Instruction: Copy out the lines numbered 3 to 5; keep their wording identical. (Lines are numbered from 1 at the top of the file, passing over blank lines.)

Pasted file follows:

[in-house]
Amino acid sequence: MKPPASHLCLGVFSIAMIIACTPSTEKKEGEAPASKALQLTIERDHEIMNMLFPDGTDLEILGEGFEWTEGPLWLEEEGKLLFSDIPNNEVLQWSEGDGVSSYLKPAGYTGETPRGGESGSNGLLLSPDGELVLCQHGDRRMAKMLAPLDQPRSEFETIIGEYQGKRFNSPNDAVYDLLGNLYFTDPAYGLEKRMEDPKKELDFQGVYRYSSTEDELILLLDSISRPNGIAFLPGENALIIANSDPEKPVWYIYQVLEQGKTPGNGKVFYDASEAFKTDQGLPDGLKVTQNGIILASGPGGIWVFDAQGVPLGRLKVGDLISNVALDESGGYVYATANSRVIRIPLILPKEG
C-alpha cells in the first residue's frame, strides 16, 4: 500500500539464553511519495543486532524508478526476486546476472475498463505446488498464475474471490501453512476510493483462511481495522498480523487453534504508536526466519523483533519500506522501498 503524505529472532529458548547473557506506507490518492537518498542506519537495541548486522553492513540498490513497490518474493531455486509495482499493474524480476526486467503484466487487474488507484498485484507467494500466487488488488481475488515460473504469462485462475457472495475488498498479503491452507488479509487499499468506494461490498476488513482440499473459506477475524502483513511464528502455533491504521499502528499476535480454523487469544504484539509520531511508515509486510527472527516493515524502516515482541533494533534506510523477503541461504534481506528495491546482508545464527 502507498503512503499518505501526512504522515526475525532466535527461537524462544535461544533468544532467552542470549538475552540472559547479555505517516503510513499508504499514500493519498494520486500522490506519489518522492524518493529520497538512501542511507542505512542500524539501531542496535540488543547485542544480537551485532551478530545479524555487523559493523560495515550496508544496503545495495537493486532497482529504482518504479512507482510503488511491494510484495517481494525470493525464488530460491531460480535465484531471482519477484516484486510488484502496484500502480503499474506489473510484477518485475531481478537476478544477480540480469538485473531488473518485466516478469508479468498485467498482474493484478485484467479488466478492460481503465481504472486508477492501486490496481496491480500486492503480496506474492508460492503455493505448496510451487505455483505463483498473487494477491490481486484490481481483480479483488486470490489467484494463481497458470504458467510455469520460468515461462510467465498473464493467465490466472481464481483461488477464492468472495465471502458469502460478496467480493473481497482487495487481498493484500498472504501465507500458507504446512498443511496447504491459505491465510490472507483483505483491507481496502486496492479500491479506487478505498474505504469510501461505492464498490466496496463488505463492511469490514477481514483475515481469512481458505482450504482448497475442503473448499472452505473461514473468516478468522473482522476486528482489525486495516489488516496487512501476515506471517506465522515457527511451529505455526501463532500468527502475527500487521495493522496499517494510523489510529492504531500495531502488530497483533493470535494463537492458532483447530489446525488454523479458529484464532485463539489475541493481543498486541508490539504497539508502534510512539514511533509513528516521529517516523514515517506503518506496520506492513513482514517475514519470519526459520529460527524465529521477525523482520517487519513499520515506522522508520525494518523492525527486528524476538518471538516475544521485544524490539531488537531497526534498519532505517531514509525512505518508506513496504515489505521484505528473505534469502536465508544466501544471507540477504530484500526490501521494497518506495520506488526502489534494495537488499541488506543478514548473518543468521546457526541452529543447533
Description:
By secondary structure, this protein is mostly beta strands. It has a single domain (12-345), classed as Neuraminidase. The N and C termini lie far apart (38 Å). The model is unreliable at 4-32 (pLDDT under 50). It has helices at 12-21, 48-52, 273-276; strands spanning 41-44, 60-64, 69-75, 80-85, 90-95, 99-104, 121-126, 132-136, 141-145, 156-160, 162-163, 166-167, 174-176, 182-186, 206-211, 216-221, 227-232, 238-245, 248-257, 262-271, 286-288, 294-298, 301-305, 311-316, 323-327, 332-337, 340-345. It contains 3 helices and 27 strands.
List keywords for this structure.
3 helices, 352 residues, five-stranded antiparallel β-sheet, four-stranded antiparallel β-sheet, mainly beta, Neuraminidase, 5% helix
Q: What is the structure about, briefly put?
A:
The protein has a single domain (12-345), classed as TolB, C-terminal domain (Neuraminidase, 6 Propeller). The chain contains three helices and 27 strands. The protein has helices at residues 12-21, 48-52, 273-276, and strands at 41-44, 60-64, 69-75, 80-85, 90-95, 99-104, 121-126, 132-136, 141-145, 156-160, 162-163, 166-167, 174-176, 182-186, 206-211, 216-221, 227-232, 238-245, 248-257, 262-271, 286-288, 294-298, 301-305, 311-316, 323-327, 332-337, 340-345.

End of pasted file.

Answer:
C-alpha cells in the first residue's frame, strides 16, 4: 500500500539464553511519495543486532524508478526476486546476472475498463505446488498464475474471490501453512476510493483462511481495522498480523487453534504508536526466519523483533519500506522501498 503524505529472532529458548547473557506506507490518492537518498542506519537495541548486522553492513540498490513497490518474493531455486509495482499493474524480476526486467503484466487487474488507484498485484507467494500466487488488488481475488515460473504469462485462475457472495475488498498479503491452507488479509487499499468506494461490498476488513482440499473459506477475524502483513511464528502455533491504521499502528499476535480454523487469544504484539509520531511508515509486510527472527516493515524502516515482541533494533534506510523477503541461504534481506528495491546482508545464527 502507498503512503499518505501526512504522515526475525532466535527461537524462544535461544533468544532467552542470549538475552540472559547479555505517516503510513499508504499514500493519498494520486500522490506519489518522492524518493529520497538512501542511507542505512542500524539501531542496535540488543547485542544480537551485532551478530545479524555487523559493523560495515550496508544496503545495495537493486532497482529504482518504479512507482510503488511491494510484495517481494525470493525464488530460491531460480535465484531471482519477484516484486510488484502496484500502480503499474506489473510484477518485475531481478537476478544477480540480469538485473531488473518485466516478469508479468498485467498482474493484478485484467479488466478492460481503465481504472486508477492501486490496481496491480500486492503480496506474492508460492503455493505448496510451487505455483505463483498473487494477491490481486484490481481483480479483488486470490489467484494463481497458470504458467510455469520460468515461462510467465498473464493467465490466472481464481483461488477464492468472495465471502458469502460478496467480493473481497482487495487481498493484500498472504501465507500458507504446512498443511496447504491459505491465510490472507483483505483491507481496502486496492479500491479506487478505498474505504469510501461505492464498490466496496463488505463492511469490514477481514483475515481469512481458505482450504482448497475442503473448499472452505473461514473468516478468522473482522476486528482489525486495516489488516496487512501476515506471517506465522515457527511451529505455526501463532500468527502475527500487521495493522496499517494510523489510529492504531500495531502488530497483533493470535494463537492458532483447530489446525488454523479458529484464532485463539489475541493481543498486541508490539504497539508502534510512539514511533509513528516521529517516523514515517506503518506496520506492513513482514517475514519470519526459520529460527524465529521477525523482520517487519513499520515506522522508520525494518523492525527486528524476538518471538516475544521485544524490539531488537531497526534498519532505517531514509525512505518508506513496504515489505521484505528473505534469502536465508544466501544471507540477504530484500526490501521494497518506495520506488526502489534494495537488499541488506543478514548473518543468521546457526541452529543447533
Description:
By secondary structure, this protein is mostly beta strands. It has a single domain (12-345), classed as Neuraminidase. The N and C termini lie far apart (38 Å). The model is unreliable at 4-32 (pLDDT under 50). It has helices at 12-21, 48-52, 273-276; strands spanning 41-44, 60-64, 69-75, 80-85, 90-95, 99-104, 121-126, 132-136, 141-145, 156-160, 162-163, 166-167, 174-176, 182-186, 206-211, 216-221, 227-232, 238-245, 248-257, 262-271, 286-288, 294-298, 301-305, 311-316, 323-327, 332-337, 340-345. It contains 3 helices and 27 strands.